Fighting for neutrality


Nick Irwin, Online Editor

The Federal Communications Commission is expected to reach an agreement to repeal net neutrality Dec. 14. The repeal was proposed by Chairman Ajit Pai and is expected to pass in the Republican-controlled commission. Net Neutrality is a group of regulations that demand internet data packets be treated as a public utility, such as water and electricity. This means that internet data packets cannot be divided by quality or quantity in a manner similar to cable televisions. All consumers are guaranteed open and equal content not matter who their internet service provider is.

Net Neutrality has been the focal point of many debates and rewriting of regulations for the past decade due to telecom corporation lobbyists. The most recent proposal, written by FCC Chairman Ajit Pai, would undo all regulations regarding Net Neutrality created under the Obama Administration. The existing regulations prohibit I.S.P.s from stopping or slowing down the delivery of websites. Additionally, these regulations prevent the companies from charging customers extra fees for high-quality streaming and other services. “Under my proposal, the federal government will stop micromanaging the internet,” Pai said in a statement. “Instead, the F.C.C. would simply require I.S.Ps to be transparent about their practices so that consumers can buy the service plan that is right for them.”

Under this proposed plan, the telecom corporations will be able to block access, throttle speeds, and divide the internet into packages and services so long as they notify the consumers. The plan Pai presents is widely expected to be approved Dec. 14. Pai and the two other Republicans on the commission hold a majority over the two Democrats on the commission.

Both telecom and internet companies have been lobbying hard both in Washington and to the public. Companies like Amazon and Google have been directly pitted against telecom giants like AT&T and Verizon. Lobbying will only become more intensive in the next three weeks, but there are many steps consumers can take to ensure that net neutrality remains intact.

Though telecom companies claim that the regulations lead to a decrease in business productivity, Michael Watkins, ’18, founder of a startup I.S.P., believes otherwise. “None of the regulations have ever truly restricted me,” Watkins said. “When companies say that, they are just saying that to get the favor of politicians.”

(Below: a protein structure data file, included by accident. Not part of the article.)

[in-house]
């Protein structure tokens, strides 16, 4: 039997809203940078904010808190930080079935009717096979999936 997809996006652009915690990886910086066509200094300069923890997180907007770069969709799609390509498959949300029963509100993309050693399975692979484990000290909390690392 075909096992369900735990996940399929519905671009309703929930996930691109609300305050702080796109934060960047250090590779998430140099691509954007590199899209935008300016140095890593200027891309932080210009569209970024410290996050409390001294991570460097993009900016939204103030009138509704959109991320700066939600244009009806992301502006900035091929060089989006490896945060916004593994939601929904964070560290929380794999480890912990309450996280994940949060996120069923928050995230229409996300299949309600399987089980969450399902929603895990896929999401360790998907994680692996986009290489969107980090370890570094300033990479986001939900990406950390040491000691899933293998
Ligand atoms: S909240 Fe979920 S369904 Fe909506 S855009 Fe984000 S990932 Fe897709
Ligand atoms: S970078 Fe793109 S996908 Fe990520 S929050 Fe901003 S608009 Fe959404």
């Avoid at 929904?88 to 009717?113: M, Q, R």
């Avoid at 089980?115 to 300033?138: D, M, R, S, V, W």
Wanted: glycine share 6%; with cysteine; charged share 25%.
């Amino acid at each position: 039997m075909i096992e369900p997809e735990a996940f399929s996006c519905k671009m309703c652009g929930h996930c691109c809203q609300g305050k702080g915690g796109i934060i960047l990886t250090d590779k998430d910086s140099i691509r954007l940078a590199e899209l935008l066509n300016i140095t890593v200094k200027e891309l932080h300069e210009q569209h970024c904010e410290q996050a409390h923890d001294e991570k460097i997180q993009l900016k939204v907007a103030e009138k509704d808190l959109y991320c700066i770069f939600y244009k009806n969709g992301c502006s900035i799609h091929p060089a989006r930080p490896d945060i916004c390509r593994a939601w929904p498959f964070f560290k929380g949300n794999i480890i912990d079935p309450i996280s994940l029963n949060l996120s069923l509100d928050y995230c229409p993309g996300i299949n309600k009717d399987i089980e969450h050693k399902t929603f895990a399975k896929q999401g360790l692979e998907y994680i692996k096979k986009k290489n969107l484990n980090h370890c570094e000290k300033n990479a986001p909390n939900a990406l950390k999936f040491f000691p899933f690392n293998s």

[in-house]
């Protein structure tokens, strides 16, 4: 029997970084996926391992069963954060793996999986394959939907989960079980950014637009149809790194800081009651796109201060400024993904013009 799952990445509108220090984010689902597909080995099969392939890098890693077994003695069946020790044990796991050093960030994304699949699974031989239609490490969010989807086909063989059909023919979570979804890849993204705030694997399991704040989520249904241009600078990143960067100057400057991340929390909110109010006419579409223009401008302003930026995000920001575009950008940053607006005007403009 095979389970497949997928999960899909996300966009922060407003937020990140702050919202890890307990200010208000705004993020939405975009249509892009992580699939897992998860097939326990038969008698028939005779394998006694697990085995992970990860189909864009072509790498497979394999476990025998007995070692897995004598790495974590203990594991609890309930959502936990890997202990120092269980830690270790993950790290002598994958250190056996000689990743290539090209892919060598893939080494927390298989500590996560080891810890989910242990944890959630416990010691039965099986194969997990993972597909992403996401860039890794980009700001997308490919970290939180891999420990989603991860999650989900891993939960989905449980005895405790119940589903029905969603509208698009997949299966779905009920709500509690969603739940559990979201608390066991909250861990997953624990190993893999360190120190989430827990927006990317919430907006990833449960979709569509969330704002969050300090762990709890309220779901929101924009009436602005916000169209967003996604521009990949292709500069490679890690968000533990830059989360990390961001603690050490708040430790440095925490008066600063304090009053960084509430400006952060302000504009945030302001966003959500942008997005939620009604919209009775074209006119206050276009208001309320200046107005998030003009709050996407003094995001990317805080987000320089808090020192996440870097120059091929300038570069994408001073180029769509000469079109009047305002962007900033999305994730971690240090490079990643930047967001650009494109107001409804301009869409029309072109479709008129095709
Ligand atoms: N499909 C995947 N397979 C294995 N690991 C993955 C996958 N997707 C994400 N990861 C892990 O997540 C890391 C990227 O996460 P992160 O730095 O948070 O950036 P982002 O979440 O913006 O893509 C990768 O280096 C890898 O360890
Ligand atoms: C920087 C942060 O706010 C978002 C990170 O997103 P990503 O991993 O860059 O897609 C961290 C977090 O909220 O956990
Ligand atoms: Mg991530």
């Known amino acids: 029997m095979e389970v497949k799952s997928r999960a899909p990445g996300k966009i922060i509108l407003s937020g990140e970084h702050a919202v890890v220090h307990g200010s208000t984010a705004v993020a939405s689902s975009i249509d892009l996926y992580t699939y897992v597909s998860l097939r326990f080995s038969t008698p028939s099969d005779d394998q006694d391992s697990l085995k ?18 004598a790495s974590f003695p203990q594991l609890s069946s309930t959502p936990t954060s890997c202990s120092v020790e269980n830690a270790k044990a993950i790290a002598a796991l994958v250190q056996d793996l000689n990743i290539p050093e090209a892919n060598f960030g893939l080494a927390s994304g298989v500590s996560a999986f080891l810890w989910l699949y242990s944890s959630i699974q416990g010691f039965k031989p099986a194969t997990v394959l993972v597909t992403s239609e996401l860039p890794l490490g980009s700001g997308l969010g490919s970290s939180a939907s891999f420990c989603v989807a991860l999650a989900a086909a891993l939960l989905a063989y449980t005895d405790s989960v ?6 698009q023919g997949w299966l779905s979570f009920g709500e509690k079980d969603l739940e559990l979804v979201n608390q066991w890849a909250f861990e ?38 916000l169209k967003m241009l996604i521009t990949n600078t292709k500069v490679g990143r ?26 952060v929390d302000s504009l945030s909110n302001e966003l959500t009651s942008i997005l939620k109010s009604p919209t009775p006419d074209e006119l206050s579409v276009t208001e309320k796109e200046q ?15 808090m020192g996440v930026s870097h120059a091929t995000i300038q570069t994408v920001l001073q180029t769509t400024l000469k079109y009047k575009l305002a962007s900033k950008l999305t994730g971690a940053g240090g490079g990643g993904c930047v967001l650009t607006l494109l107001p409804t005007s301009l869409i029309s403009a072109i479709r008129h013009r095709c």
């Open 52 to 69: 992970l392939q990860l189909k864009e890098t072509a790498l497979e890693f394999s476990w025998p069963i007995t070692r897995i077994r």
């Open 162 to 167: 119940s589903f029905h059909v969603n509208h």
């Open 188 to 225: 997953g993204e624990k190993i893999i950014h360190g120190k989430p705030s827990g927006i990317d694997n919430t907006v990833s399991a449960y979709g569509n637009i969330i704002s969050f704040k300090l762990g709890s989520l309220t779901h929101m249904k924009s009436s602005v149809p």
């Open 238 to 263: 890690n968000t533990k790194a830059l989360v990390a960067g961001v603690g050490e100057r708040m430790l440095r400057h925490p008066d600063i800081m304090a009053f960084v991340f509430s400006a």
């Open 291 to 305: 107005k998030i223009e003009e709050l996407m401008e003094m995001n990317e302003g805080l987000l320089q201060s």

On the contrary, Watkins believes that his startup has been restricted by the F.C.C.’s own regulations. “The F.C.C. has always been difficult to deal with,” Watkins said. “The hardest part of being an ISP is the FCC has so many registrations and licensing requirements that are designed to kill small companies like me.”

Watkins gave the example of the F.C.C. requiring cell-phone frequency lines for startup telecom companies. One of these lines costs nearly 16 million dollars. “Those regulations are the ones that are truly killing the industry, but that’s not what the telecom giants want to be targeted, they want to target things like net neutrality because it’s an inconvenience for them,” Watkins said.

The most frustrating part for Watkins is that the I.S.P.s seem to be contradicted the values that the internet was founded on. “The only reason the internet is global and it works is because it was a cooperation between people sharing things transparently,” Watkins said.  “The internet only functions because there are non-profit organizations designed to keep the internet open and free, the very fundamentals of internet protocol were designed to be open and free. ”

The first step is to call your local representative. For those who live in the Johnston area, call congressman David Young. Young can be found at Additionally, anyone in the state of Iowa should be calling senator Ernst and Grassley. They can be reached at and, respectively.

A protest outside the Verizon store on Walnut street will also be held Dec. 7, at 5 p.m.

Even if net neutrality passes as expected, that doesn’t mean the battle for neutrality is over. “People can always say ‘screw the networks’,” Watkins said. “Cuba has an underground network of teenagers creating their own internet service,  and that’s a possibility. ”